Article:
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Obama calls for national 'soul searching' over Freddie Gray's death

WASHINGTON -- President Barack Obama on Tuesday criticized those rioting in the streets of Baltimore as "criminals" and "thugs" and argued that broader societal changes are needed to address underlying tensions that exist between African American communities and the police.

Making his first remarks on the death of Freddie Gray and the ensuing violence, Obama said fixing the problems experienced in Baltimore, Ferguson, Mo., and other cities will require politically difficult choices on education, criminal justice reform and economic investment in neighborhoods often overlooked until such incidents occur.

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"If we are serious about solving this problem, then we're going to need to not only help the police, we're to have to think about what we can do -- the rest of us," Obama said during a Rose Garden press conference with the Prime Minister of Japan.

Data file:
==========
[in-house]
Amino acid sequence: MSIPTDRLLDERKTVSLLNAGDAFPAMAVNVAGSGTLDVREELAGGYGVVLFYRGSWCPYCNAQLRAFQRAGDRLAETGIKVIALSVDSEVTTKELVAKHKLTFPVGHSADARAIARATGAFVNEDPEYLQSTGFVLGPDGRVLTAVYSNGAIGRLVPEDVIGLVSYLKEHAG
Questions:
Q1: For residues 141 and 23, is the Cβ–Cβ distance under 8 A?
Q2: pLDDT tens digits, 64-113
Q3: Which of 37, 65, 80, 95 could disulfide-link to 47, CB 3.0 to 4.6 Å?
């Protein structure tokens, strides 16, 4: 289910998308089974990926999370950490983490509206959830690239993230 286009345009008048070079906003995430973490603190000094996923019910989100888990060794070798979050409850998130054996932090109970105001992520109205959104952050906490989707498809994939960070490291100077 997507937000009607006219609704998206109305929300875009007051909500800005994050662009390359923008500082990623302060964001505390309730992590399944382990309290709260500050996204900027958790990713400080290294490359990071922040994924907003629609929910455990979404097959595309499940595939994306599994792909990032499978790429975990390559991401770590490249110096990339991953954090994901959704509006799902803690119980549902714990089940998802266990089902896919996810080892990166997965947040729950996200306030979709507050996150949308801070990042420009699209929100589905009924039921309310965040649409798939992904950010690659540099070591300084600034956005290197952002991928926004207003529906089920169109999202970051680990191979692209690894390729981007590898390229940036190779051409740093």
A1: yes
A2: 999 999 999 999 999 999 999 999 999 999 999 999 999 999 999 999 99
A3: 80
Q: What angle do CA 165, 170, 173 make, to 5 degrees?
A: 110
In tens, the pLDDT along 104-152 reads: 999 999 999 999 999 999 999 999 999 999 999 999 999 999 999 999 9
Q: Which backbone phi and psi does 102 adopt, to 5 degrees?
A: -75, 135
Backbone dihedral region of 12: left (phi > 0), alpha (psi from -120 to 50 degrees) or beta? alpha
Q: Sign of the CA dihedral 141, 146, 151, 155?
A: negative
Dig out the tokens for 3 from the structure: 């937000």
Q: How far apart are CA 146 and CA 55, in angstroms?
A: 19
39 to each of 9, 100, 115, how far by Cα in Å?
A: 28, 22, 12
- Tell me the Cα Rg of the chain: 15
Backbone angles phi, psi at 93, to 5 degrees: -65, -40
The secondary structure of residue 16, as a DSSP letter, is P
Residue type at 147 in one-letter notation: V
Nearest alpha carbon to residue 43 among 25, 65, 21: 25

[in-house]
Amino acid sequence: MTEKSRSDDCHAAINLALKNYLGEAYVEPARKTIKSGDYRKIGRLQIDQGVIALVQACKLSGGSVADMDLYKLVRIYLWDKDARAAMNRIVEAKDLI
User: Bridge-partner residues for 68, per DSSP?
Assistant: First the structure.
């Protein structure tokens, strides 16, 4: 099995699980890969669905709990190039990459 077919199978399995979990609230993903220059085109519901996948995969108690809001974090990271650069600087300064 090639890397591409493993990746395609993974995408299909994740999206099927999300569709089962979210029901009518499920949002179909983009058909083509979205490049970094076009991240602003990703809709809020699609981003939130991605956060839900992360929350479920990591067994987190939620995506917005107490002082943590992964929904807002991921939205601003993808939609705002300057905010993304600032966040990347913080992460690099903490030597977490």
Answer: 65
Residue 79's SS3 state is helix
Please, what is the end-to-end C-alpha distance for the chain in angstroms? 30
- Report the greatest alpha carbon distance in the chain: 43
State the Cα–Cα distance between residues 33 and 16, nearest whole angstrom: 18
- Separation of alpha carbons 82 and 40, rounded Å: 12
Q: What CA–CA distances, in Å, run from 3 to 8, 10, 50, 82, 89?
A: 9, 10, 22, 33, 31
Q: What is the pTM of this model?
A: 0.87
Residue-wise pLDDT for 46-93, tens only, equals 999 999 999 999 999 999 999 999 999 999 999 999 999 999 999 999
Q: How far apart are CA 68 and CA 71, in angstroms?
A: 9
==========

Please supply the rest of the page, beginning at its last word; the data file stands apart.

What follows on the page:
"That's hard," he said. "That requires more than just the occasional news report or task force.

"If we really want to solve the problem, if our society really wanted to solve the problem, we could. It's just that it would require everyone saying, 'this is important, this is significant,'" Obama said.

"And we don't just pay attention when a CVS burns," he added. "That's how I feel."

In an extended discussion in response to a single question on the situation in Baltimore, Obama noted that the Justice Department is looking into the Freddie Gray incident and said that members of his administration will visit the city.

He argued that the riots, which grew particularly intense after Gray's funeral on Monday, had unnecessarily overshadowed more peaceful protests in previous days.

"That is not a protest. That is not a statement," Obama said of the violence. "It's a handful of people taking advantage of the situation. They need to be treated as criminals."

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